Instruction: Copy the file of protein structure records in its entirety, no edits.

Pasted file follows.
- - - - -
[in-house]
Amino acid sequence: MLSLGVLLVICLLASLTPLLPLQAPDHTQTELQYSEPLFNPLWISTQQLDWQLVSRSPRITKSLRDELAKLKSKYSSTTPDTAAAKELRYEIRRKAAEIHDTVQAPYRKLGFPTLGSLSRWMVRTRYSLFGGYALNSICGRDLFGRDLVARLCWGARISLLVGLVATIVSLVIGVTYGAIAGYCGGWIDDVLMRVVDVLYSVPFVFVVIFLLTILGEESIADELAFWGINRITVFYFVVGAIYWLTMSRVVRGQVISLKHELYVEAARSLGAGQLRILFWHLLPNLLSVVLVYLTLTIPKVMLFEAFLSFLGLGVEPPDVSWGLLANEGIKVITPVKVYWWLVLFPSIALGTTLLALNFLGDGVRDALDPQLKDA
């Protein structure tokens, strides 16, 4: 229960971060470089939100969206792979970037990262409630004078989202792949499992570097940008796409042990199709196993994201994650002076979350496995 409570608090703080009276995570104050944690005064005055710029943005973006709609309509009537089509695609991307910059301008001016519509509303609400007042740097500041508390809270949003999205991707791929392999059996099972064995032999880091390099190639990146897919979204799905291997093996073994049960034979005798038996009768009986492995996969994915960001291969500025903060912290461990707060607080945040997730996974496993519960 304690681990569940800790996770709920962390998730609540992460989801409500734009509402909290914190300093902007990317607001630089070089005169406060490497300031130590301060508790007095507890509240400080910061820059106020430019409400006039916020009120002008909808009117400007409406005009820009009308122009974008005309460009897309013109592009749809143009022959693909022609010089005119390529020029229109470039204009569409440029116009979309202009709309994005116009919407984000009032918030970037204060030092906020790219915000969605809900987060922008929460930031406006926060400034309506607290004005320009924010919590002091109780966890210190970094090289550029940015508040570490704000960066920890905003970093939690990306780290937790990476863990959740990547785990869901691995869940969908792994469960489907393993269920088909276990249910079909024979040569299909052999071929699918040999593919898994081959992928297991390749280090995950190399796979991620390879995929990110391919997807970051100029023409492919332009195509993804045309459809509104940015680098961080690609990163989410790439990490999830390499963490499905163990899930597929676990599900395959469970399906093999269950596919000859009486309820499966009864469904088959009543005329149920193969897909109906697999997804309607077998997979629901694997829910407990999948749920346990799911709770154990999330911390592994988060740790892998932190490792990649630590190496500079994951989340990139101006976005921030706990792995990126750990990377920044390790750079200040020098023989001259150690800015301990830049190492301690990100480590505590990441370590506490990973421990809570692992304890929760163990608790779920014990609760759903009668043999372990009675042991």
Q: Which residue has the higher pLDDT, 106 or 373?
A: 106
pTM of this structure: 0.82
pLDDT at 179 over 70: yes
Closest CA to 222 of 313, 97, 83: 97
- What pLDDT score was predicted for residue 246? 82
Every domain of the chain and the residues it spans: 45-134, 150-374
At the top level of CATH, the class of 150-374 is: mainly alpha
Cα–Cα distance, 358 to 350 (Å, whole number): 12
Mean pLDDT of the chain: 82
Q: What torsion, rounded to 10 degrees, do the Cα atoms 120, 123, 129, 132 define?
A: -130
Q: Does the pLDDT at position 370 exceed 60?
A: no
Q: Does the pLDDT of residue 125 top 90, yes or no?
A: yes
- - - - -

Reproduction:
[in-house]
Amino acid sequence: MLSLGVLLVICLLASLTPLLPLQAPDHTQTELQYSEPLFNPLWISTQQLDWQLVSRSPRITKSLRDELAKLKSKYSSTTPDTAAAKELRYEIRRKAAEIHDTVQAPYRKLGFPTLGSLSRWMVRTRYSLFGGYALNSICGRDLFGRDLVARLCWGARISLLVGLVATIVSLVIGVTYGAIAGYCGGWIDDVLMRVVDVLYSVPFVFVVIFLLTILGEESIADELAFWGINRITVFYFVVGAIYWLTMSRVVRGQVISLKHELYVEAARSLGAGQLRILFWHLLPNLLSVVLVYLTLTIPKVMLFEAFLSFLGLGVEPPDVSWGLLANEGIKVITPVKVYWWLVLFPSIALGTTLLALNFLGDGVRDALDPQLKDA
């Protein structure tokens, strides 16, 4: 229960971060470089939100969206792979970037990262409630004078989202792949499992570097940008796409042990199709196993994201994650002076979350496995 409570608090703080009276995570104050944690005064005055710029943005973006709609309509009537089509695609991307910059301008001016519509509303609400007042740097500041508390809270949003999205991707791929392999059996099972064995032999880091390099190639990146897919979204799905291997093996073994049960034979005798038996009768009986492995996969994915960001291969500025903060912290461990707060607080945040997730996974496993519960 304690681990569940800790996770709920962390998730609540992460989801409500734009509402909290914190300093902007990317607001630089070089005169406060490497300031130590301060508790007095507890509240400080910061820059106020430019409400006039916020009120002008909808009117400007409406005009820009009308122009974008005309460009897309013109592009749809143009022959693909022609010089005119390529020029229109470039204009569409440029116009979309202009709309994005116009919407984000009032918030970037204060030092906020790219915000969605809900987060922008929460930031406006926060400034309506607290004005320009924010919590002091109780966890210190970094090289550029940015508040570490704000960066920890905003970093939690990306780290937790990476863990959740990547785990869901691995869940969908792994469960489907393993269920088909276990249910079909024979040569299909052999071929699918040999593919898994081959992928297991390749280090995950190399796979991620390879995929990110391919997807970051100029023409492919332009195509993804045309459809509104940015680098961080690609990163989410790439990490999830390499963490499905163990899930597929676990599900395959469970399906093999269950596919000859009486309820499966009864469904088959009543005329149920193969897909109906697999997804309607077998997979629901694997829910407990999948749920346990799911709770154990999330911390592994988060740790892998932190490792990649630590190496500079994951989340990139101006976005921030706990792995990126750990990377920044390790750079200040020098023989001259150690800015301990830049190492301690990100480590505590990441370590506490990973421990809570692992304890929760163990608790779920014990609760759903009668043999372990009675042991």
Q: Which residue has the higher pLDDT, 106 or 373?
A: 106
pTM of this structure: 0.82
pLDDT at 179 over 70: yes
Closest CA to 222 of 313, 97, 83: 97
- What pLDDT score was predicted for residue 246? 82
Every domain of the chain and the residues it spans: 45-134, 150-374
At the top level of CATH, the class of 150-374 is: mainly alpha
Cα–Cα distance, 358 to 350 (Å, whole number): 12
Mean pLDDT of the chain: 82
Q: What torsion, rounded to 10 degrees, do the Cα atoms 120, 123, 129, 132 define?
A: -130
Q: Does the pLDDT at position 370 exceed 60?
A: no
Q: Does the pLDDT of residue 125 top 90, yes or no?
A: yes